FORTUNE – There was a time when web browsers duked it out for dominance on the desktop. But with users consuming information more and more on smartphones, tablets, and newer form factors like "phablets," the battleground has shifted to mobile. Who's winning?
As recently as June 2012, the competition was in a dead heat: Android led with nearly 22%, followed by Opera at 22%, then Safari on iOS with 21% according to StatCounter. Google's (GOOG) Android has cemented a solid lead since then with 31%, iOS at 24%, and Opera trailing with 15%.
That shouldn't come as a surprise, given the proliferation of Android devices. According to the analytics firm IDC, Android phone makers shipped 162 million devices during the first quarter of 2013; Apple (AAPL) shipped 37 million. (And in case you're curious, Windows Phone came third, with 7 million.)
RockMelt, a desktop-focused web browser that launched in late 2010, recently announced it was changing course. In the two-and-a-half years since launch, the innovative browser which integrated social network and RSS feed integration right into the browser window, only signed up 4.5 million users. Like it or not, the desktop market is a landscape ruled with a virtual iron fist by the likes of Microsoft (MSFT) Internet Explorer, Firefox, and Chrome. "Browsers today are just big dumb windows in [consumers'] way," Rockmelt co-founder and CTO Tim Howes told The Wall Street Journal recently. Rockmelt recently announced Rockmelt for Web, a content aggregator any Internet user with a browser can access.
On iOS, there's no shortage of Web browsers to choose, from Opera to the lesser-known Atomic Web Browser, all of which try to put their own spin on mobile Internet browsing to stand out: features like accelerated Web site loading, different ways to juggle Windows, bookmark syncing, among others.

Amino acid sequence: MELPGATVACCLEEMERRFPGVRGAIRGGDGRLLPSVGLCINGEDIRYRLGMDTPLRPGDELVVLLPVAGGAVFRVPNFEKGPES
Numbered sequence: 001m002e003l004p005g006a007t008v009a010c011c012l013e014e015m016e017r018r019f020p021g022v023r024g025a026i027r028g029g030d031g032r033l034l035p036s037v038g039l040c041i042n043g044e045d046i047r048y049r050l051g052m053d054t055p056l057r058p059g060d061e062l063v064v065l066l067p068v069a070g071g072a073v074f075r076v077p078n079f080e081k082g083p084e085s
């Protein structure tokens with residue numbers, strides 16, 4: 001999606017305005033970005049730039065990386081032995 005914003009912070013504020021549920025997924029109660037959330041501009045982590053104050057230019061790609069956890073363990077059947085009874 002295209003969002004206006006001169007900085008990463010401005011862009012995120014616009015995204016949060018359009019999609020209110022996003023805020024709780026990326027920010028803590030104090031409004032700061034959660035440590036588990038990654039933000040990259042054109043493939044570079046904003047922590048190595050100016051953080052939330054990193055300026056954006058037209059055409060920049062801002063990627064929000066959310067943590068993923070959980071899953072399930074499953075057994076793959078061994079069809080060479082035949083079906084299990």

But there's a problem for third-party developers. Much like Internet Explorer is the pre-loaded browser on Microsoft Windows, Android is the default browser on the Android operating system, as Safari is on iOS. Which is why, according to StatCounter, such offerings are at a distant fourth place right now. "The thing is, Safari and Android are default recipients of your link, and what's going to overcome that?" explains Forrester analyst Charles Golvin. You can download other browsers, but there isn't a setting like on the PC that makes a browser like Firefox or Google Chrome the go-to browser. "Until that's the case, we're not going to get as much real competition."
Still, companies like Maxthon, which The Journal reports has 120 million users, is pushing forward with its own desktop, mobile, and in-car browser offerings, which includes a deal this year with Pioneer Electronics where drivers and passengers can surf the web via touch-screen device.
Translation: The browser war is far from dead. They're just more cross-platform than ever.
But Android is still catching up, according to Net Applications
FORTUNE -- Apple's (AAPL) iOS operating system dominated the mobile Internet this summer, according to Net Applications, hitting a record 65.9% share of smartphone and tablet Web traffic in August.
But as iPhone sales tailed off in anticipation of a new model and sales of Google (GOOG) Android systems took off -- particularly with the launch of Samsung's Galaxy SIII -- Android's Web share MOREPhilip Elmer-DeWitt - Dec 1, 2012 12:13 PM ET
StatCounter's number is lower, but shows Apple's mobile share surging 33.6% since July
The presence of Apple's (AAPL) mobile devices on the Web surged this summer and early fall according to Net Applications and StatCounter, two leading mobile analytics services, although the two firms draw very different conclusions about where that leaves competing platforms.
Net Applications, which monitors hits on its 40,000 client sites and weighs the results based on population statistics, MOREPhilip Elmer-DeWitt - Nov 1, 2011 7:59 AM ET
A curated selection of the day's most newsworthy tech stories from all over the Web. Sign up to get the newsletter delivered to you everyday.The Telegraph reports that Steve Jobs was reportedly blocked from knighthood because the Apple CEO refused an invitation to speak at the Labour Party conference. (Other notable honorary knights include Bill Gates and Apple collaborate-U2 frontman Bono.) The info comes from a former senior Labour Party MORE JP Mangalindan, Writer - Mar 2, 2011 5:00 AM ET
At least in the U.S., according to StatCounter. Worldwide, Nokia's Symbian still rules
When Apple (AAPL) introduced the iPhone, it awakened a sleeping giant in Canada, forcing Research in Motion (RIMM) to improve the experience of browsing the Web on a BlackBerry.
Those efforts have finally paid off. According to a report issued Wednesday by the Web analytics firm StatCounter, the BlackBerry OS has now overtaken Apple's iOS in terms of mobile MOREPhilip Elmer-DeWitt - Dec 1, 2010 6:47 AM ET
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